very interesting!

  8. Yep 🙂 Actually I think there’s other factors too.
    Till I finished my college I was confused what I want to do, I had low confidence and will power. I was a laid back kinda guy. I am an Electrical Engineer but I worked as a UX designer. I learned designing in my final year on my own when I realized I don’t want to work as an engineer. After I got my job I found my passion and knew what I want to do. I realized I could learn and do anything I want. Over the years my confidence and will power built up. Doing a startup, quitting these became a necessity. I knew it won’t happen by any magic and I have to do something. And so I did.

  9. Hi All, 

            Here’s a wonderful book on “How to Quit Smoking the easy way”! Caution: Success rate for this book is more than 90%!! So why wait? Take some time to flip through the ebook and kick the butt out of your life!

    Thank you folks,


  10. Nice story! Yes, more people need to know about Art of Living. And not only know, but commit for a decent length of time. But I find the average person shudders at the mere mention of spirituality. What a loss!

  11. Very interesting post Alok, if the drive doesn’t come from within it will not happen. It applies to ALL facets of our life! 

    I have known people who have soaking in the bliss of Art of Living have quit smoking and drinking and also eating non-veg (if you consider that’s something as repulsive as other two).

    Kudos to you for bidding good-bye to both! 🙂

  12. thankfully i’ve been born strict vegetarian !

  13. Very good post Alok. Much needed!

  14. The blog content is fine. But there ought to be a further backward integration in all this. Why reach a point in the first place where either of the parties has to quit the other? When I saw one episode of Satyameva Jayate on de-addiction, I was like what the fish! I wrote here that

    Addicts who dived deep into their addiction (alcohol, cigarettes, drugs, etc.) and then left it, become bigger celebrities than those who never got into addiction! Funny, ain’t it! #satyamevjayate!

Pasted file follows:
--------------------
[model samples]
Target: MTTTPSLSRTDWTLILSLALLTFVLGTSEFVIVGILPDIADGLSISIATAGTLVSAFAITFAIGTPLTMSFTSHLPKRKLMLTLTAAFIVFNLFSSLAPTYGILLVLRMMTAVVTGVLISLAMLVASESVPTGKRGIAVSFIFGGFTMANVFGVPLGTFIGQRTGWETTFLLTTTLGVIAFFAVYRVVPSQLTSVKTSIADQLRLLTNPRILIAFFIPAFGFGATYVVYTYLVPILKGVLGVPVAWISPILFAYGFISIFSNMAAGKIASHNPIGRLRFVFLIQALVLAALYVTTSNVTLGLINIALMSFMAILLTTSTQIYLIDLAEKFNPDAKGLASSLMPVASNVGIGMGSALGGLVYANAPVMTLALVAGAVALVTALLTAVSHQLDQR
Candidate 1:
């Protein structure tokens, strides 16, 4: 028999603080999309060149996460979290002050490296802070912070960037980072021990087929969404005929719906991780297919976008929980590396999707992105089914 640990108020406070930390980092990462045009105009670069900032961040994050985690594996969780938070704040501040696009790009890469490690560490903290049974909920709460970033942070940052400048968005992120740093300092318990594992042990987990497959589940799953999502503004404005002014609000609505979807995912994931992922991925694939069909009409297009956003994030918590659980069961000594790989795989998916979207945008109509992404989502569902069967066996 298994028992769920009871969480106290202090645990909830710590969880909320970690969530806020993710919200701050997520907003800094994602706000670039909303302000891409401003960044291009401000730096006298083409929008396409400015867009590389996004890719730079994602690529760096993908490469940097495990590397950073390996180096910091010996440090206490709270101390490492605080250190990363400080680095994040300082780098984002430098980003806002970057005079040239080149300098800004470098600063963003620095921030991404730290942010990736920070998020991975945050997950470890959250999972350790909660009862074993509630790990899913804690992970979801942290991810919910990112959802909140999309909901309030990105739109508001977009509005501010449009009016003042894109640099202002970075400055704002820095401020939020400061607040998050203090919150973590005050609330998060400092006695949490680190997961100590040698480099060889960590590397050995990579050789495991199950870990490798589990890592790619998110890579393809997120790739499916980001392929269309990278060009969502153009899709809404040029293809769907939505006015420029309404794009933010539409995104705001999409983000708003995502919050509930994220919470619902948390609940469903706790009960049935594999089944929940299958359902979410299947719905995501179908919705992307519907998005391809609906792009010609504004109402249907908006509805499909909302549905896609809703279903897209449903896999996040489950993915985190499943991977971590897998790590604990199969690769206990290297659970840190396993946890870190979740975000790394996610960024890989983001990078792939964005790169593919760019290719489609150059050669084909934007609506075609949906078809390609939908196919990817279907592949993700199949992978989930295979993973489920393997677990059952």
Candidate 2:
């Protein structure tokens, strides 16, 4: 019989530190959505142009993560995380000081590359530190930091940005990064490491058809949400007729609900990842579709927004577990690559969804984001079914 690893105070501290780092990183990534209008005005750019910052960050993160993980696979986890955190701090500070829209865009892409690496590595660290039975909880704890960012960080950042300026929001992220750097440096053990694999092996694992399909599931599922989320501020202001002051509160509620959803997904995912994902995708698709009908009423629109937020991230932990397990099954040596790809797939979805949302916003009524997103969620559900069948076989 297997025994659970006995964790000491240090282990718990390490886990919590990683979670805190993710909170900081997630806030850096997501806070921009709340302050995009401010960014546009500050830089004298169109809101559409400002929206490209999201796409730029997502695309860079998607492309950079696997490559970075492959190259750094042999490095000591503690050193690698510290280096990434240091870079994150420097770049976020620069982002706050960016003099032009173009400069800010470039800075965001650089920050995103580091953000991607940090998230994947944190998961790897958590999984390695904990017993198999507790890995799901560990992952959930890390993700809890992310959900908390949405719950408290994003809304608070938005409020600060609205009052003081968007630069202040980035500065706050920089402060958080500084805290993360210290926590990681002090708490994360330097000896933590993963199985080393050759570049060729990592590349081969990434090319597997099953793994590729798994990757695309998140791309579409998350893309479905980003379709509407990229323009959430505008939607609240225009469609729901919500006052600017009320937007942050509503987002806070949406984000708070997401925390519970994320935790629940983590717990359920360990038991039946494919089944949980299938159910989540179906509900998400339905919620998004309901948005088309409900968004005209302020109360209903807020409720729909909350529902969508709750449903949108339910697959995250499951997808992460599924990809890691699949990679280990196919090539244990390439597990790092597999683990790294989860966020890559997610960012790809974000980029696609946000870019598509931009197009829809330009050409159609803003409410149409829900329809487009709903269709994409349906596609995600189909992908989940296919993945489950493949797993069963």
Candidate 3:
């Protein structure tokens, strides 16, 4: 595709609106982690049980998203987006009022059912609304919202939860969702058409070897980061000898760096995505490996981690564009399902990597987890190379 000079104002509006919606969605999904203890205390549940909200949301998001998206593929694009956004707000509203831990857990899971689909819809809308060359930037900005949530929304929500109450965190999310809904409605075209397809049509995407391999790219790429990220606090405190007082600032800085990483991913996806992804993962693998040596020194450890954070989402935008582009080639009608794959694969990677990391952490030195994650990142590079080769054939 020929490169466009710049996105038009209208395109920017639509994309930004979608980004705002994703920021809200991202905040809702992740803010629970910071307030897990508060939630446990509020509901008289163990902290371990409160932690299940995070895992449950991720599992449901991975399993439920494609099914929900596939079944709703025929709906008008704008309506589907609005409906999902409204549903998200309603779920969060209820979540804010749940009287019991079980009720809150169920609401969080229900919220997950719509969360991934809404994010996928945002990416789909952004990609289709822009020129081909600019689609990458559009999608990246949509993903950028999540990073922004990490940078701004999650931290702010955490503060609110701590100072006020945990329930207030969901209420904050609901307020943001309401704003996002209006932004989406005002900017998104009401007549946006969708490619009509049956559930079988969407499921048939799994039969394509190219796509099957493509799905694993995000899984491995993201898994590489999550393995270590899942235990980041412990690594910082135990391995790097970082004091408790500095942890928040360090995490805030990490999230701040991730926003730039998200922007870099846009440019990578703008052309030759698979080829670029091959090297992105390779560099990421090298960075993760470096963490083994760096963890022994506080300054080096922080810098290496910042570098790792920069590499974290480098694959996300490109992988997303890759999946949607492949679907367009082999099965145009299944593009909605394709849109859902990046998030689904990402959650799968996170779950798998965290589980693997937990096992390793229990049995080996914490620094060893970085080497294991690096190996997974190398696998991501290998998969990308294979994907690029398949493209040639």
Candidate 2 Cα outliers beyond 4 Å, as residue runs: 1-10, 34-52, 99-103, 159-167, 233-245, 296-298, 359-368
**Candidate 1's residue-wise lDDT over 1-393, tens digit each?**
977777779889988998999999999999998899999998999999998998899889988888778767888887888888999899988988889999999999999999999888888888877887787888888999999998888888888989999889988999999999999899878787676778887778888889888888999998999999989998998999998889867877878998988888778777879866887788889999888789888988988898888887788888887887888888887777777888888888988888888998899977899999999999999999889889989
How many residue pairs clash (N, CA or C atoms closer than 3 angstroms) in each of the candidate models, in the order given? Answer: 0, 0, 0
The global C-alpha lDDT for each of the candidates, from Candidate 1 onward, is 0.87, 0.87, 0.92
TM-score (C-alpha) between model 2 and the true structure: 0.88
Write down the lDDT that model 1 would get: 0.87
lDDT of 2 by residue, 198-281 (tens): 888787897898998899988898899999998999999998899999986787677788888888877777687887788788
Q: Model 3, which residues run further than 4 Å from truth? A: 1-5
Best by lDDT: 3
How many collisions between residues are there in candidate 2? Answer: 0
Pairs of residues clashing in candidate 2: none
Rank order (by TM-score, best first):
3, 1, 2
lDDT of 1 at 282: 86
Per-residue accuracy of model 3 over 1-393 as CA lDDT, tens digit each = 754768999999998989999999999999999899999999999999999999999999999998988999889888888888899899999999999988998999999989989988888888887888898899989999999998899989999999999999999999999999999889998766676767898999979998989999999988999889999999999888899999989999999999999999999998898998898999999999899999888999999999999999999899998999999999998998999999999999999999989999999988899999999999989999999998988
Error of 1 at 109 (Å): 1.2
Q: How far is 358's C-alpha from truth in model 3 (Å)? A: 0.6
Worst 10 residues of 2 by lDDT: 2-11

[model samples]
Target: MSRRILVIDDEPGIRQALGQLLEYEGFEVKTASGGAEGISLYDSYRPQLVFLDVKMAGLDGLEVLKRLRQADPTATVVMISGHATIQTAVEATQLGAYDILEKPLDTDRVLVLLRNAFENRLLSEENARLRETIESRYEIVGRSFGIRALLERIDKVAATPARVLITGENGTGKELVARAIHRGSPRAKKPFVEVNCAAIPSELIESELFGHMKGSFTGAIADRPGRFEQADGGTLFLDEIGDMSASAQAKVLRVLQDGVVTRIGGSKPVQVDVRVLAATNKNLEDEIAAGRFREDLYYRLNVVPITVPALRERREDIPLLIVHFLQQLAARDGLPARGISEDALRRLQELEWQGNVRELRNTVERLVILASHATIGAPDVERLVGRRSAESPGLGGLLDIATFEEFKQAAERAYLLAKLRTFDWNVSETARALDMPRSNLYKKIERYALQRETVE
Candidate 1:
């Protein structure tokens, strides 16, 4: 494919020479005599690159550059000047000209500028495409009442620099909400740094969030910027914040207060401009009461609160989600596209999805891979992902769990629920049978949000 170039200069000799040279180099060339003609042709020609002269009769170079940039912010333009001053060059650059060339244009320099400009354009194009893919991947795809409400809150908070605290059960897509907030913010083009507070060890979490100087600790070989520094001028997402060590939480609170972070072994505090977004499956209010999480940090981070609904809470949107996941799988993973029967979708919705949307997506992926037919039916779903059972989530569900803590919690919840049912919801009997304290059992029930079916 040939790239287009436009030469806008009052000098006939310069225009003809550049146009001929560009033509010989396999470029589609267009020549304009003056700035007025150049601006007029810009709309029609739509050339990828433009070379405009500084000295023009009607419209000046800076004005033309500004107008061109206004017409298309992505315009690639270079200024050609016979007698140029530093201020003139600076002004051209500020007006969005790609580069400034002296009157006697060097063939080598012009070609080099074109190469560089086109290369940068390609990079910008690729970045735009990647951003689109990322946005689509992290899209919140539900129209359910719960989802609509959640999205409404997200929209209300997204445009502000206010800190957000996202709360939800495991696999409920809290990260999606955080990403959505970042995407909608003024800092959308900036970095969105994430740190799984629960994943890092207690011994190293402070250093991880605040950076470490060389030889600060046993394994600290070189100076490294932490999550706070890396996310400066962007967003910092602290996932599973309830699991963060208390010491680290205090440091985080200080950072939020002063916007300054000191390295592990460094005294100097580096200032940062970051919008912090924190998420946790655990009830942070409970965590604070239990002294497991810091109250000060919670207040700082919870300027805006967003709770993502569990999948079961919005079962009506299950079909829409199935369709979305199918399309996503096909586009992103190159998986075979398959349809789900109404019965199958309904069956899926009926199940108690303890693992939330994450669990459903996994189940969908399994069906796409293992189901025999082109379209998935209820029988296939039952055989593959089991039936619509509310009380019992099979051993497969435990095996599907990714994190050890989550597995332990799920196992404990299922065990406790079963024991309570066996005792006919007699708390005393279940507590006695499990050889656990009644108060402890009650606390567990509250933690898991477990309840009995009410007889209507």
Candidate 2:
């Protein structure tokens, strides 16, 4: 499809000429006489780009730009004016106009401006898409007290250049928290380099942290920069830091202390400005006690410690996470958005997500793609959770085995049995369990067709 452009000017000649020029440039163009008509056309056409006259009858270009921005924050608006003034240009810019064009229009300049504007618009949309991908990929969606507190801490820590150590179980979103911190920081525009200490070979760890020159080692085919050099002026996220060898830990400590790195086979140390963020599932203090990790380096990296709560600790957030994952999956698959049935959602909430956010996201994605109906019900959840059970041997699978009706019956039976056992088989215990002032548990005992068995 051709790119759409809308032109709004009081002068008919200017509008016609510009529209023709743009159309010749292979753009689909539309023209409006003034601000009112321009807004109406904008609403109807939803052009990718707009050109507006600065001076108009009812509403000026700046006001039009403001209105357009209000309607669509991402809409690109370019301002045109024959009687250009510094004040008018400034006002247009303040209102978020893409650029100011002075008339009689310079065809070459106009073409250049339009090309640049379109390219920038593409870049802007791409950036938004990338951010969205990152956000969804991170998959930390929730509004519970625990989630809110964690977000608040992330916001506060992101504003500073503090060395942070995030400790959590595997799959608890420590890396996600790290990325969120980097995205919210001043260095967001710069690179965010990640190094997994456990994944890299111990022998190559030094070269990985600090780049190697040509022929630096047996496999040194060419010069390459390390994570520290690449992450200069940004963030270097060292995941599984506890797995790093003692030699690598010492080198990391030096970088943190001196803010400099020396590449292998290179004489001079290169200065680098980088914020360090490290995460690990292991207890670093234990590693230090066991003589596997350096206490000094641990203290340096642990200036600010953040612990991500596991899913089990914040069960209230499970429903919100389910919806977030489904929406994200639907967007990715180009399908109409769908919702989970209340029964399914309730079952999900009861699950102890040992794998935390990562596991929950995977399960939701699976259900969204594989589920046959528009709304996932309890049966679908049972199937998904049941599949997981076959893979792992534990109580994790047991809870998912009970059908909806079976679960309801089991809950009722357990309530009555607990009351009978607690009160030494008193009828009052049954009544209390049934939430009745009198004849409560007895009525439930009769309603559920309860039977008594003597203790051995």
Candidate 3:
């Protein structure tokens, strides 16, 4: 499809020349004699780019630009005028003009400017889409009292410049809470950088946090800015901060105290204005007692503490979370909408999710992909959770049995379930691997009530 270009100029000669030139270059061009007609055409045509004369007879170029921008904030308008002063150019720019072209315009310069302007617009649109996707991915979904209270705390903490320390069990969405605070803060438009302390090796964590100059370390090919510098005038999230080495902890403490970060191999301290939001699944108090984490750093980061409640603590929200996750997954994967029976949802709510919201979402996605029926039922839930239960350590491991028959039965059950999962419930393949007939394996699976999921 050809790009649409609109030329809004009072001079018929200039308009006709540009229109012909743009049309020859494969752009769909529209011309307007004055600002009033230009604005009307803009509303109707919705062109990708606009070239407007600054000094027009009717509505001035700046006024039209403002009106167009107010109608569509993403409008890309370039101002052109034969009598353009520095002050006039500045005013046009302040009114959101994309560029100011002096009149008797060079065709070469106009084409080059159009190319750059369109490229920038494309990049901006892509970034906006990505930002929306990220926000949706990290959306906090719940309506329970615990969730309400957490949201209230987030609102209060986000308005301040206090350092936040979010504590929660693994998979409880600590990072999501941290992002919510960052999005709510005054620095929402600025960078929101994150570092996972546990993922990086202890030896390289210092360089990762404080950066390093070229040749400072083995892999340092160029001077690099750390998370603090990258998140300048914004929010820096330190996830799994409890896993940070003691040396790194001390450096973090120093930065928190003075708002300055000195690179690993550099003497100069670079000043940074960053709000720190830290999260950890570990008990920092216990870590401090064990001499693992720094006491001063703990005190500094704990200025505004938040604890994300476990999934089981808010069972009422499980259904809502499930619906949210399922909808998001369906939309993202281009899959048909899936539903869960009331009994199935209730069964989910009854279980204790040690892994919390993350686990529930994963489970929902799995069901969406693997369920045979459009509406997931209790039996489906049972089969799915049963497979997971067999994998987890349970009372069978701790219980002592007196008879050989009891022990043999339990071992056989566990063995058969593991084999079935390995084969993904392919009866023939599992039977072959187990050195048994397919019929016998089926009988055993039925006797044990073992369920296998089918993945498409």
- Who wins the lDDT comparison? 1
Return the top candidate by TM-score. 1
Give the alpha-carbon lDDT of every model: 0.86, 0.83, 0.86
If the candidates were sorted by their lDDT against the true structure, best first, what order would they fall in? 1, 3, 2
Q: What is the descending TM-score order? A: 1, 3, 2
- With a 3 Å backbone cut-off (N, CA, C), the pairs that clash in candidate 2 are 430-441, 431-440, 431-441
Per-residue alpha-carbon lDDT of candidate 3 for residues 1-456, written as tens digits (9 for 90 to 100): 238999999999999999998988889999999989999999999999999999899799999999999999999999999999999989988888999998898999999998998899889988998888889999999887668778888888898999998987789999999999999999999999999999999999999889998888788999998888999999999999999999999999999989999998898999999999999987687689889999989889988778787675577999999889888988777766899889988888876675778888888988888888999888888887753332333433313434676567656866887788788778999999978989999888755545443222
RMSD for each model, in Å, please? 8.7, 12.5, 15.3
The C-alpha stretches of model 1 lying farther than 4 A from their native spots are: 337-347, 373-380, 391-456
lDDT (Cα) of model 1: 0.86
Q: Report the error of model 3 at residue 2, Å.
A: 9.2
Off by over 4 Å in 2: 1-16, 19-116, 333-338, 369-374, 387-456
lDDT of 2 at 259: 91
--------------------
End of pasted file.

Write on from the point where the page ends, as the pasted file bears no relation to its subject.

Of the 29 years and 11 months of my incarnation in the human form, I have been working in the field of media for 11 years and 11 months, starting just at the cusp of legal adulthood. Alcohol, cigarettes, non-veg, at times drugs and some other temptations (you know what I mean) was available free all around me — at events, press meets, one-to-one meets, etc –. However, none of them was able to attract me. From the time my career began till today, not one drop, not one puff has touched my lips. And this will continue till my human form ceases to exist, even as all things continue to be free (to my pocket) all around me. By the way, there is no religion standing in between as an obstacle.

    Not getting into addiction is easy as I show, and quitting it is also easy as my dad showed. He too started off as a journalist at a young age and was into drinking, smoking, non-veg (outside of home) till I was about five-six years old. Egg omelette was a staple item of my breakfast then. One fine day I happened to read how hen lays eggs and how chicks come out of eggs. (My father also owned a printing press then, where I spent most of my free time. So my relationship with text, paper and words started quite early) So I read that and I remember I was scared to my wits. Am I killing and eating someone, I thought to myself. Egg was banished from my breakfast since that day. Dad says he realised that I have attained an age where I have started understanding and relating to things around me. Couple of days before this he was slightly drunk and he says he had slapped me for something for the first time. The day I banished egg from my breakfast, my dad stopped – HE STOPPED – drinking, smoking and non-veg, till date.

    We don’t practice yoga or pranayama –not that we are against it, it is definitely good –, what I am trying to point out is that’s not the reason for us to be away from the bottle or the ciggy. It’s just will, nahi karneka toh nahi karneka, baat khatam. While the blog post above is good for those who are already sparkled, others try not be attracted by the sparkle. Believe me, it’s easy!

  15. Gem of a post! Strangely, but not surprisingly; my throat was slightly choked as my reading progressed. Can’t name that feeling!

  16. Here is another thought:

    Breath is software; the body is hardware

    Think of your body & how it’s slowly depreciating. After age 25, its a slow decay. Hair, teeth, bones etc, are on the path of wearing out. Nothing remains pristine. So your “hardware” (body) is surely dying.

    What has remained the SAME from day one & will remain unchanged for the next 50 years? It’s your Breath! Your breath doesn’t decay. Think of your Breath as “software” that’s operates your hardware every second.

    Now, if you PROGRAM your breath (software), you can maintain your body (hardware), make it last very long & perform like a charm.

    Learn about the power of breath & how you can change your life.